Excellence is our choice

Thursday, October 13th, 2011

Across the world, one of the major concerns of leadership is to keep political balances in place. Every decision must be politically correct, so it is said. That phrase sounds rather nice, or least harmful. But what it entails is rather worse than what Machiavelli could have dreamt of. Basically, in today’s world, it translates into:
1. Power must be retained at all costs;
2. Those loyal must continue to be rewarded;
3. Radical changes must be kept at bay;
4. Any contrary opinion must be challenged and suppressed;
5. Benchmarks must be established as per the potential of individuals promoted, not the best talent available;
6. Evaluations through statistics can always be fudged;
7. Team work is a good word and must be aired regularly, only that it should mean blind loyalty to political groups;
8. Any challenging situation may be referred to a committee that may never meet or submit a report;
9. Alliances should be based on convenience, conviction is meaningless;
10. Flexibility is a virtue, hence even values can be flexible;
11. There are only two sides to any issue: our side and the wrong side;
12. What has been done for years must continue to be done as that lies within the comfort zone;
13. Creativity can always be sacrificed for continuity;
14. Between what is legally correct and ethically required, we can always opt for the former;
15. Information can always be hoarded (ar atleast attempted despite wikileaks);
16. We can always have different standards or rules for different people, exceptions are definitely permissible.
The list could be endless. We have seen in all parts of the world that variations of the above principles are regularly put to use to continue to maintain equilibrium. Yet the very word “equilibrium” means a state where the net result of all forces applied is zero.
I am sure such a situation has not infected the world of lions, after all we are a voluntary service organization with purely democratic principles. But if we do not keep ourselves aware of what is happening around us, it shall not take much time before any virus seeps into our system. The worst result of all above is that mediocrity becomes acceptable. In fact, it comes to be established as a benchmark. It is then recognized and even eulogized as an example of great sacrifice. Have you not heard of officers being specially thanked because they did their official duties as per norms? But were they not expected to do that? In a country like India, government officers who report to work absolutely on time and stay the entire duration of their duty hours may be recognized for their great sacrifice.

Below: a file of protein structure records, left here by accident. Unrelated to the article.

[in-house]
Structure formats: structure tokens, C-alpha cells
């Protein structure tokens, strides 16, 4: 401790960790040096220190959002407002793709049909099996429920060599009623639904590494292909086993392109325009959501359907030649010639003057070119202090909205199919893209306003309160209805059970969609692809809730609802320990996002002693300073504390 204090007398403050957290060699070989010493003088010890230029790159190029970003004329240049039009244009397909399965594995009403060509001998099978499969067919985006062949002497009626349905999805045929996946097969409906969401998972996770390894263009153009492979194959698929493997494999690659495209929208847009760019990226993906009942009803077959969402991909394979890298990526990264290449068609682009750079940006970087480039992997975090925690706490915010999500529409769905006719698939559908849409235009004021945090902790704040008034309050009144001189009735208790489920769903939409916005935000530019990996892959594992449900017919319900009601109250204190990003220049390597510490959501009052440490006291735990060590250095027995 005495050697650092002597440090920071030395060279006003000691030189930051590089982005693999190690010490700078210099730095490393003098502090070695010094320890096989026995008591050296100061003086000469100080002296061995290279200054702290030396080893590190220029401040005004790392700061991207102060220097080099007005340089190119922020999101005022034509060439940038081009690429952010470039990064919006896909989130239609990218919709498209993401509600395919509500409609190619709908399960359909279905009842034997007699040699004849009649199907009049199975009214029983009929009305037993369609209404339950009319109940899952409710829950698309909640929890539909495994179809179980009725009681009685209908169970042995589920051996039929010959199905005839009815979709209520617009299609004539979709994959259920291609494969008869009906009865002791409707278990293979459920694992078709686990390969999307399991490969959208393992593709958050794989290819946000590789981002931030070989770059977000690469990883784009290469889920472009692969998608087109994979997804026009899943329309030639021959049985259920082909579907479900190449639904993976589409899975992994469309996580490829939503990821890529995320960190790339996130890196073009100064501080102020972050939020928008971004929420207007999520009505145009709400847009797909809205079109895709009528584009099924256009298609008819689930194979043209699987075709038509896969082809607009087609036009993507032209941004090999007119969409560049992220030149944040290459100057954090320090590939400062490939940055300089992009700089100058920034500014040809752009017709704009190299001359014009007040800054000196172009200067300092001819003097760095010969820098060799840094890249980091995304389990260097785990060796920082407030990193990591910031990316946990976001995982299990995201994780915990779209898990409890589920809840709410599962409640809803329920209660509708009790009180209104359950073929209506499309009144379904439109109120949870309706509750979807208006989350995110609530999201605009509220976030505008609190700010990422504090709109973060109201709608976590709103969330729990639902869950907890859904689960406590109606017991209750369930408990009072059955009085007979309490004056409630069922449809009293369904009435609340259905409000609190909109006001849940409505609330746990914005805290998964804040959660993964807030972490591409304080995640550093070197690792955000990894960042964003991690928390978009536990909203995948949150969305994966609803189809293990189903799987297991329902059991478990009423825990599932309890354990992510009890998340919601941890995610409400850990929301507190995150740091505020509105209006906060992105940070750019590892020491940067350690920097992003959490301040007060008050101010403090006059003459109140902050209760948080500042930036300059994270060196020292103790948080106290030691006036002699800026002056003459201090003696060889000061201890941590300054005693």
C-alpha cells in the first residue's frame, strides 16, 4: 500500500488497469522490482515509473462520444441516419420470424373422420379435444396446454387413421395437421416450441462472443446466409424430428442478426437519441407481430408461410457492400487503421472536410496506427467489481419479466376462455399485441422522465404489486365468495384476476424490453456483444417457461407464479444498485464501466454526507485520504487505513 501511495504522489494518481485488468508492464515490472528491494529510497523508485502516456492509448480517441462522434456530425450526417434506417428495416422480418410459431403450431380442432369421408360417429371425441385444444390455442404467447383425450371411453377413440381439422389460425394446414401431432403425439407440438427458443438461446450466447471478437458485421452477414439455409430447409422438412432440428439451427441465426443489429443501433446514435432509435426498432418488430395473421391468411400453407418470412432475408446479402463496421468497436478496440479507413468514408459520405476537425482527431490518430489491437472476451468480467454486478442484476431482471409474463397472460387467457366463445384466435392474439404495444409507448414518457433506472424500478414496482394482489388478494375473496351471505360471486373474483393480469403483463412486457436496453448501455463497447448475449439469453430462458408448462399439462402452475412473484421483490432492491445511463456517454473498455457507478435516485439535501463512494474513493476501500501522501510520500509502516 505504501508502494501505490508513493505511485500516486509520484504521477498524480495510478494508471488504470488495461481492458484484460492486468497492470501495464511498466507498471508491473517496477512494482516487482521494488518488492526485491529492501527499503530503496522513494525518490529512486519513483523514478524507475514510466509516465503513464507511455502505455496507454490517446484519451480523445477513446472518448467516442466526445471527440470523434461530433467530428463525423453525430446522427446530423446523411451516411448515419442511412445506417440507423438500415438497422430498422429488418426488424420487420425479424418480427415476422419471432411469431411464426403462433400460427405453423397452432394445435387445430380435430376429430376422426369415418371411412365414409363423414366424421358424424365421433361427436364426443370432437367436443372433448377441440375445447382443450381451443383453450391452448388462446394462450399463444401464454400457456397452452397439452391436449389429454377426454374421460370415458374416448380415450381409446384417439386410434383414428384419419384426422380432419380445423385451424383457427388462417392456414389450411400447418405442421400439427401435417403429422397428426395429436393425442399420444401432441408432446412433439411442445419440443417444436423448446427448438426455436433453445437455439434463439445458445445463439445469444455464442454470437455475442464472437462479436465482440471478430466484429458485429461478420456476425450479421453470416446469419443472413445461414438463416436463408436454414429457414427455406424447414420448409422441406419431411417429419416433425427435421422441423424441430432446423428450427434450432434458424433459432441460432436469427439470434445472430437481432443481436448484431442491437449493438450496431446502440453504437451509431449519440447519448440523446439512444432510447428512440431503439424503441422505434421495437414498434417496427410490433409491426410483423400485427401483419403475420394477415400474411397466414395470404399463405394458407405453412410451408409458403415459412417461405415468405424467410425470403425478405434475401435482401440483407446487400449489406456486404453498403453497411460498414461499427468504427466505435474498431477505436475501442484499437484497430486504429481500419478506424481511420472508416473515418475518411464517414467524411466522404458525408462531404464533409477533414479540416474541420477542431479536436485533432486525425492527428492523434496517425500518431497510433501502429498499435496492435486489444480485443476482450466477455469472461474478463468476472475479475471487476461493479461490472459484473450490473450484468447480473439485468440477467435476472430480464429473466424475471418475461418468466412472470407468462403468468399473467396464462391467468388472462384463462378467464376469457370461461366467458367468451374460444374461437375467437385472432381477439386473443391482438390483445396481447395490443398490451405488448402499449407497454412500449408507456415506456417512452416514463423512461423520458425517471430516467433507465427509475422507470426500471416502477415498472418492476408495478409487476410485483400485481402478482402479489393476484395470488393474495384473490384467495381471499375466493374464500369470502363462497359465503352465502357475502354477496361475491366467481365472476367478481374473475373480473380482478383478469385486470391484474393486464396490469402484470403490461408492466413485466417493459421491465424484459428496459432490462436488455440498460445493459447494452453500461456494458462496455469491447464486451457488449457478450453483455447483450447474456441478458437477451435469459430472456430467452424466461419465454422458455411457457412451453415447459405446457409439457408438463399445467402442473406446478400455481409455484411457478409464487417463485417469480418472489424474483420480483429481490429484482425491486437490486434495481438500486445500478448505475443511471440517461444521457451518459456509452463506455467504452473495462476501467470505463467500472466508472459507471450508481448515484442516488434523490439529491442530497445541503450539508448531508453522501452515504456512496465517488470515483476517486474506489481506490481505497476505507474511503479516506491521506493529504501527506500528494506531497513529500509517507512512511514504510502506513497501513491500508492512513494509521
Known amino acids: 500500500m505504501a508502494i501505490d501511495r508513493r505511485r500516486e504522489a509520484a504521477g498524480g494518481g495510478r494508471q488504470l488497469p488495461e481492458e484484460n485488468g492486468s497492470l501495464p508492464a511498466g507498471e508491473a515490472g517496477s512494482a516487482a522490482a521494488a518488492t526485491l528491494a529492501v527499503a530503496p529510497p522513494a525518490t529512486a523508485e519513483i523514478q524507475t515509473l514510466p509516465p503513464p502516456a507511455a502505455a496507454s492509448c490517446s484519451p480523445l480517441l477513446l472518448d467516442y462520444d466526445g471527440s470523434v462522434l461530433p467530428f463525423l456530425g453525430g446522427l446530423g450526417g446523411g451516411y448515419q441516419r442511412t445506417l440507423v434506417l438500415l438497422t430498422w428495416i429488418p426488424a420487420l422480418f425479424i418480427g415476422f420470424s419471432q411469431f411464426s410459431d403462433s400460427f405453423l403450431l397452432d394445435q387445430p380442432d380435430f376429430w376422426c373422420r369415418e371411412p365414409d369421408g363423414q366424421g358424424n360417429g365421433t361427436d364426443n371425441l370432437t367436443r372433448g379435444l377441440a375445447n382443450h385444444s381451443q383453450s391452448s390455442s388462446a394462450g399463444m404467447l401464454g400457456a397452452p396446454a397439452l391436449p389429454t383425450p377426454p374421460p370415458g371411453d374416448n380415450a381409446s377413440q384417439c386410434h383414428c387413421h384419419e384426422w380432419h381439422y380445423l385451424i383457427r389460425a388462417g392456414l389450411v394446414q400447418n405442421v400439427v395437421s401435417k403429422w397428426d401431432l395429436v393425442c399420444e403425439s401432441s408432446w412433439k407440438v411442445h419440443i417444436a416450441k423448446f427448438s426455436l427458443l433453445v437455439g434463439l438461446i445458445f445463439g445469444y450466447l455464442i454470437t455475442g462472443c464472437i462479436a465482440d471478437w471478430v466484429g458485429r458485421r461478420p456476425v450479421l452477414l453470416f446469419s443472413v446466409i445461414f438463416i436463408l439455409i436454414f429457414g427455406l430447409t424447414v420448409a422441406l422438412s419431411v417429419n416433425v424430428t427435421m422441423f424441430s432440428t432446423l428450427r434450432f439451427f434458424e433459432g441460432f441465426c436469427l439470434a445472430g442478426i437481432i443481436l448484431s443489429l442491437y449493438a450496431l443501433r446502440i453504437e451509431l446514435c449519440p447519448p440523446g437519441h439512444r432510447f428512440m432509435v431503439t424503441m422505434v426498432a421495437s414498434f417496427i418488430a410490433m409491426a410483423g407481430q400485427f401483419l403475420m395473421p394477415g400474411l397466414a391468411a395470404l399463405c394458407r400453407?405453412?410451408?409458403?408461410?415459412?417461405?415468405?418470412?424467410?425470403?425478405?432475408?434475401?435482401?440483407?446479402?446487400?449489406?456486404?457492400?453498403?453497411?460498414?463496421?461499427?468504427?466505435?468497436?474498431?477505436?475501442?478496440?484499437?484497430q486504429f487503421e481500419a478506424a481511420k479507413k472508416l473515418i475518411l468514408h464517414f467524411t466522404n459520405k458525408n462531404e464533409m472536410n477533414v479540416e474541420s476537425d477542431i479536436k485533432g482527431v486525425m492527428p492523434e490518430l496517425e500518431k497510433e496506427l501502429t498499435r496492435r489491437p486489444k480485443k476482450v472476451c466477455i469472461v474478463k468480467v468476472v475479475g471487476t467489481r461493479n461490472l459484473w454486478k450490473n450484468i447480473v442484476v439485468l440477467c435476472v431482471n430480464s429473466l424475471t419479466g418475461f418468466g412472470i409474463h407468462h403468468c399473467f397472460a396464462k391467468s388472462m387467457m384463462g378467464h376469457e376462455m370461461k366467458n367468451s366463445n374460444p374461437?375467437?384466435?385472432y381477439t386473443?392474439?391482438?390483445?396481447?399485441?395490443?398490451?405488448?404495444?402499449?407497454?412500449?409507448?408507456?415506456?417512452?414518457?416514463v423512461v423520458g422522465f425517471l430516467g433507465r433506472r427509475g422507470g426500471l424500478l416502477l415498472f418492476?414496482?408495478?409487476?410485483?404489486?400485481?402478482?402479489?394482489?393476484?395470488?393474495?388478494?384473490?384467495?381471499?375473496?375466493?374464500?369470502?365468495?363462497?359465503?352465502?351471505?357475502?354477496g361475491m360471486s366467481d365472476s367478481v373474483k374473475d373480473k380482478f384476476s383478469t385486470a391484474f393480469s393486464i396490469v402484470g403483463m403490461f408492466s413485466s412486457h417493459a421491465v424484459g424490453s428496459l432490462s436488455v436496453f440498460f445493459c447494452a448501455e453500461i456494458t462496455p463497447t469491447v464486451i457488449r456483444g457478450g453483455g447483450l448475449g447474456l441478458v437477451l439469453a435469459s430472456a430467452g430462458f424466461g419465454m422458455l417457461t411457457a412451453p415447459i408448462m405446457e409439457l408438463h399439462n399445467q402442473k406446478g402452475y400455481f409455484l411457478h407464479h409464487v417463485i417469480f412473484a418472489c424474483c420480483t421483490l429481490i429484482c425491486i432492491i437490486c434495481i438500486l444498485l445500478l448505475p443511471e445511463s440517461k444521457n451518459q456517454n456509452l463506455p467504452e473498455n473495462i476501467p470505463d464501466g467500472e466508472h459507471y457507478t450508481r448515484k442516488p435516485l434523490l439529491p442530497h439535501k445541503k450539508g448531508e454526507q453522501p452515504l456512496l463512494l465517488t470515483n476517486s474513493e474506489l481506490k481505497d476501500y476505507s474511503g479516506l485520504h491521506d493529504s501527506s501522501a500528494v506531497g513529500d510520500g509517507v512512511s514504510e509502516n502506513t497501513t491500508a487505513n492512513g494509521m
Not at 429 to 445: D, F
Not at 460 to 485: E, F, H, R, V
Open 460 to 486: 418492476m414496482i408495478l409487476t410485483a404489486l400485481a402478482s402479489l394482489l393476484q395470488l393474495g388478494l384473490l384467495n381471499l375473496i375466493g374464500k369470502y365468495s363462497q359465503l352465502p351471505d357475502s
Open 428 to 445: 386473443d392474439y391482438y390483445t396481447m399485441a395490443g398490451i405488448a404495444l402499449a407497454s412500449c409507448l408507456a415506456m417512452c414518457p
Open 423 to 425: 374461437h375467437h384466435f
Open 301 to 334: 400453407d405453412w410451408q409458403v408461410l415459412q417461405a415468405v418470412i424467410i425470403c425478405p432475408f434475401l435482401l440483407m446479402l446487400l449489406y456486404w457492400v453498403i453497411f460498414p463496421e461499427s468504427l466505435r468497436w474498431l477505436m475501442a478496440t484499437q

We are taught to think outside the box, but that still means we are tied to the same box. We just don’t think of a new box. Why?
After all, things must change. We have been great as an organization, our contributions have been fabulous. Our place in the museums of human civilization is reserved. But as what? As a curator of the museum? Or as a museum piece on the shelves of history? The choice will be ours. We may need to realize that peacocks look great in all their wonderful colors, but we also have purely white peacocks (in Australia); dogs bark, but we also have dogs that are mute (in uppermost Africa); fish lives in water, but we have some kind of fish that can stay for even months underground (in Tunisia); rainbow appears on the sky, but I have seen it play at my feet and even lower in the valley at Victoria falls (in Zambia and Zimbabwe); penguins are found on snow, but there are domesticated penguins on sandy beaches of South Africa; night and day alternate, but ask our friends from Scandinavian countries and they have a separate story to tell.
In a world of such diversity, we wish to stay tuned to just what has suited us once. In a world where the likes of garage operators (where did Steve Jobs and company start?) have redefined business trends, and young students like Brin have altered our social behviour, we want to ridicule new ideas. Is it even thinkable? What is common today between a missile, jeans, apartment and steel. The answer is: all are sold on e Bay. Let us learn to look beyond. Anna Hazare has just shown all committees and rules are redundant when it comes to people’s power. This is a world of transparency, wikileaks is a clear example; yet we think and attempt secrecy in our unholy acts. Obama’s election shows the power of public opinion. And the reversal of his popularity ratings shows that performance is the final indicator. What happened in Tunis and the rest of Africa recently is not just an accident; it shows the power of connectivity, the power of transparency. We may take time to find cure for AIDS, but the cure for “politically correct” administration is round the corner.
One thing that really breathes life into organizations like ours is that even individuals like Bill Gates and Warren Buffet openly admit that wealth means nothing ultimately. It must be applied for real good purpose. That is the most important thing. Making life meaningful through service to those and where it is needed is the key. If that be it, we as lions are blessed; we are absolutely on the right track. Just in case any of the issues listed in the beginning of this blog appear to raise their heads on the horizons of your districts, you will best know how to take care of it. And mediocrity of course can never be our credo. Nothing short of excellence suits us.

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